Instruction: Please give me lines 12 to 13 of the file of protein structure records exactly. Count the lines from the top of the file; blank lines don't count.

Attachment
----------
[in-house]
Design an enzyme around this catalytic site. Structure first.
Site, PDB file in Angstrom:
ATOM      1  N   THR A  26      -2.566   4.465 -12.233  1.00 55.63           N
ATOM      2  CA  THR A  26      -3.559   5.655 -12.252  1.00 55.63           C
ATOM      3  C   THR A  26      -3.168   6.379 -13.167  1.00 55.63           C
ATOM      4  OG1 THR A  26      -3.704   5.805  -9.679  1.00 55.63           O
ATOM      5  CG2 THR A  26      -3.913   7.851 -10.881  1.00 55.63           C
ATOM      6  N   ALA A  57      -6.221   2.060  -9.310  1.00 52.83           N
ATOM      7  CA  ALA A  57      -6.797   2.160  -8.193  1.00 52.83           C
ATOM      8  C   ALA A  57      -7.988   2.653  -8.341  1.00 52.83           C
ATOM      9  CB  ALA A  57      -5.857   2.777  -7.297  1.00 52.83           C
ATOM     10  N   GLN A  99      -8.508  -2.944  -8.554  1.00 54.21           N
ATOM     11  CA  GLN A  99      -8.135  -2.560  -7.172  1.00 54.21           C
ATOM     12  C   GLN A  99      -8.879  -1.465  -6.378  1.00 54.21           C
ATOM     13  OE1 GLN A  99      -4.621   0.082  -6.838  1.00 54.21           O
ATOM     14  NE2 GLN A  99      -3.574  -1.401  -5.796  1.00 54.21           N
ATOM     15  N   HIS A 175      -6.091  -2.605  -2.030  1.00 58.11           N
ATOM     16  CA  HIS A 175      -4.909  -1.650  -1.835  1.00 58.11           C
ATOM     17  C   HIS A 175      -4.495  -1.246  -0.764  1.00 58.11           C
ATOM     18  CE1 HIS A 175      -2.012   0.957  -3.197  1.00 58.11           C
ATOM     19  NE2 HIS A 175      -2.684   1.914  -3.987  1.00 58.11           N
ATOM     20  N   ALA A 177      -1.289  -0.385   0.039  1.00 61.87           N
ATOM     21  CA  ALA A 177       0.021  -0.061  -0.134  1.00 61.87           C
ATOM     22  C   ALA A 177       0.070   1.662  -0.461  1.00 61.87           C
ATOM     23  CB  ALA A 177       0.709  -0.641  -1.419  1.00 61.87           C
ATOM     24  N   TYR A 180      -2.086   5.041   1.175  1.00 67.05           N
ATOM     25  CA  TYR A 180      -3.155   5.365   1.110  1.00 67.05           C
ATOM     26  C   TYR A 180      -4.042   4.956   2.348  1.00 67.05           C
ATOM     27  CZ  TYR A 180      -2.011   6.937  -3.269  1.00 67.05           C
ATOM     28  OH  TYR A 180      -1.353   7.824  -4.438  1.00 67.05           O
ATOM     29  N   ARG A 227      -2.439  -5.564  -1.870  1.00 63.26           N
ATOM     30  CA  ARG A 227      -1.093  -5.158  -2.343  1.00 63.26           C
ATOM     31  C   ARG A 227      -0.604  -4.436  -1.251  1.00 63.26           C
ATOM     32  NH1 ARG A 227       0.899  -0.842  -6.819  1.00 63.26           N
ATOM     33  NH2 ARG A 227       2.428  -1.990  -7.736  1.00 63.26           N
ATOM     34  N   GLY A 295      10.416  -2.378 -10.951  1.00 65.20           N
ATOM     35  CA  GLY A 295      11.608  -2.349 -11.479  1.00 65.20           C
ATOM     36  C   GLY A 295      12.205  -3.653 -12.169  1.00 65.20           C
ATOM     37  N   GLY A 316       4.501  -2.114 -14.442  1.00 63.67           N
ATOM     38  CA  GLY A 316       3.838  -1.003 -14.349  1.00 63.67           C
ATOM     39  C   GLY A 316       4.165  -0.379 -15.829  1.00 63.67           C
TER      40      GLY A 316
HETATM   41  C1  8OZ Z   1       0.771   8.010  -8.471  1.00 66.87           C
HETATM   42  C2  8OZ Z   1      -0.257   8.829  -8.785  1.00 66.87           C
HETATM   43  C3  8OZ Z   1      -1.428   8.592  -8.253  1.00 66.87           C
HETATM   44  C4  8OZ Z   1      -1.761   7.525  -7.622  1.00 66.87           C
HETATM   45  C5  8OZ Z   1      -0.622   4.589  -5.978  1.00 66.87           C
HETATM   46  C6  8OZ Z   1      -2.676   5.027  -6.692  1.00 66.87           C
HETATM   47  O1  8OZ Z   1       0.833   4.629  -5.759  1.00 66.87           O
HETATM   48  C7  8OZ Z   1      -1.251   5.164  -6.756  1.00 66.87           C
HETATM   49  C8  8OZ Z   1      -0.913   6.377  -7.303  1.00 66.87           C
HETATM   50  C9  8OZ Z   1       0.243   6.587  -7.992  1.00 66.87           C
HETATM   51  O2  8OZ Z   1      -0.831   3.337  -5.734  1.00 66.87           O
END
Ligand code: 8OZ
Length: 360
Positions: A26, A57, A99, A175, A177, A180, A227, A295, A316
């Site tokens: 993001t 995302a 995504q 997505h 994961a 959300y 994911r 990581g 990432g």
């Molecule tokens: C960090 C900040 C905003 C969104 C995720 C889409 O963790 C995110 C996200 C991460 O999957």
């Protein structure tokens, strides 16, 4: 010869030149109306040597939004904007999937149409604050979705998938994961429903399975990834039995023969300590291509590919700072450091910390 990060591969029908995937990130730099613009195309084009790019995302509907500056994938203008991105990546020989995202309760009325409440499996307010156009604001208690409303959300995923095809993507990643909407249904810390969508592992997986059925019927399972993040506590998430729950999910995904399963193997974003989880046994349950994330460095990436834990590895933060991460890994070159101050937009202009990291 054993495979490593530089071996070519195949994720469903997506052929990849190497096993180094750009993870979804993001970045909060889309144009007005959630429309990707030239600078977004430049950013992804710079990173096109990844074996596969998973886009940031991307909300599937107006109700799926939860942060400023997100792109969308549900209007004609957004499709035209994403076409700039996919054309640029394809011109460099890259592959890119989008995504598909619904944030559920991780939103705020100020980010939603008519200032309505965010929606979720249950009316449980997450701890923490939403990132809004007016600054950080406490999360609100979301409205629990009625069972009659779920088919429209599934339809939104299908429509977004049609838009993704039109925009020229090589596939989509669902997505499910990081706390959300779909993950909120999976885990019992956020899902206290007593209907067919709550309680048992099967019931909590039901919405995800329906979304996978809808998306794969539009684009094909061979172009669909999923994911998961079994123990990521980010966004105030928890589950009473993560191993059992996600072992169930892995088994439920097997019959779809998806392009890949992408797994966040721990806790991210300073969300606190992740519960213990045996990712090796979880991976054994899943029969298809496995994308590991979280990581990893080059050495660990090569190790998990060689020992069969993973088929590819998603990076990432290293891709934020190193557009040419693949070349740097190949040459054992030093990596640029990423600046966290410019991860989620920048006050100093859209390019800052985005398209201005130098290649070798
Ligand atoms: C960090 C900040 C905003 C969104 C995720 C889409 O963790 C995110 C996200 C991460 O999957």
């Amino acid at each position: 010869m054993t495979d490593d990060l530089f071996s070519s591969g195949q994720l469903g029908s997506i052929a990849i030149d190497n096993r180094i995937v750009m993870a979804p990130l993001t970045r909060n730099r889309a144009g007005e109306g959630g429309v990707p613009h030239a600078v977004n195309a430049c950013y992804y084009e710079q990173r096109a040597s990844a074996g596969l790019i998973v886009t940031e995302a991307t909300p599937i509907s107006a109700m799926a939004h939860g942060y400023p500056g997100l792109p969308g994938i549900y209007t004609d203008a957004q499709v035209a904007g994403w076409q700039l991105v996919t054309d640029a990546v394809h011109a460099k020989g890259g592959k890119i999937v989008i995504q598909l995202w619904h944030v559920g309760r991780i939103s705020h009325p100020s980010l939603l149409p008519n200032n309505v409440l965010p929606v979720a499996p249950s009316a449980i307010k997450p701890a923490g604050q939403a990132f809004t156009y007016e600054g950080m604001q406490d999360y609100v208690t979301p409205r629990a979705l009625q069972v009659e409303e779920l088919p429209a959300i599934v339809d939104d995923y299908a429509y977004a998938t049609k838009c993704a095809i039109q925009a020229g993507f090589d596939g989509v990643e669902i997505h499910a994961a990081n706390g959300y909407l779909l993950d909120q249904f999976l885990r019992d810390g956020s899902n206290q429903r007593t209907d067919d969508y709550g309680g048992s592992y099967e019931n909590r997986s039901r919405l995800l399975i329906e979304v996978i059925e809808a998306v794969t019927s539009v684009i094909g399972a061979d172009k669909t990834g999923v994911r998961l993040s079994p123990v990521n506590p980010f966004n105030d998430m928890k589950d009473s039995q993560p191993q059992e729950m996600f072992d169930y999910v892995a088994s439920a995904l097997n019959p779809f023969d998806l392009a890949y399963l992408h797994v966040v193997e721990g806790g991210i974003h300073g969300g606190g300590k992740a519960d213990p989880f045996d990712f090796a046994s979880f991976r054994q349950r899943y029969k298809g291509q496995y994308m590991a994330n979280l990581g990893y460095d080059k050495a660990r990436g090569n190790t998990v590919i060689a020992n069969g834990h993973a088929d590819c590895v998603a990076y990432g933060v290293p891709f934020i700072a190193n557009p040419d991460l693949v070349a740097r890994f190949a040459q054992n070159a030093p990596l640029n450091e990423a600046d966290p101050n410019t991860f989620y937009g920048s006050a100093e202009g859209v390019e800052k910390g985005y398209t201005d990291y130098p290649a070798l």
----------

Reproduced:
ATOM      9  CB  ALA A  57      -5.857   2.777  -7.297  1.00 52.83           C
ATOM     10  N   GLN A  99      -8.508  -2.944  -8.554  1.00 54.21           N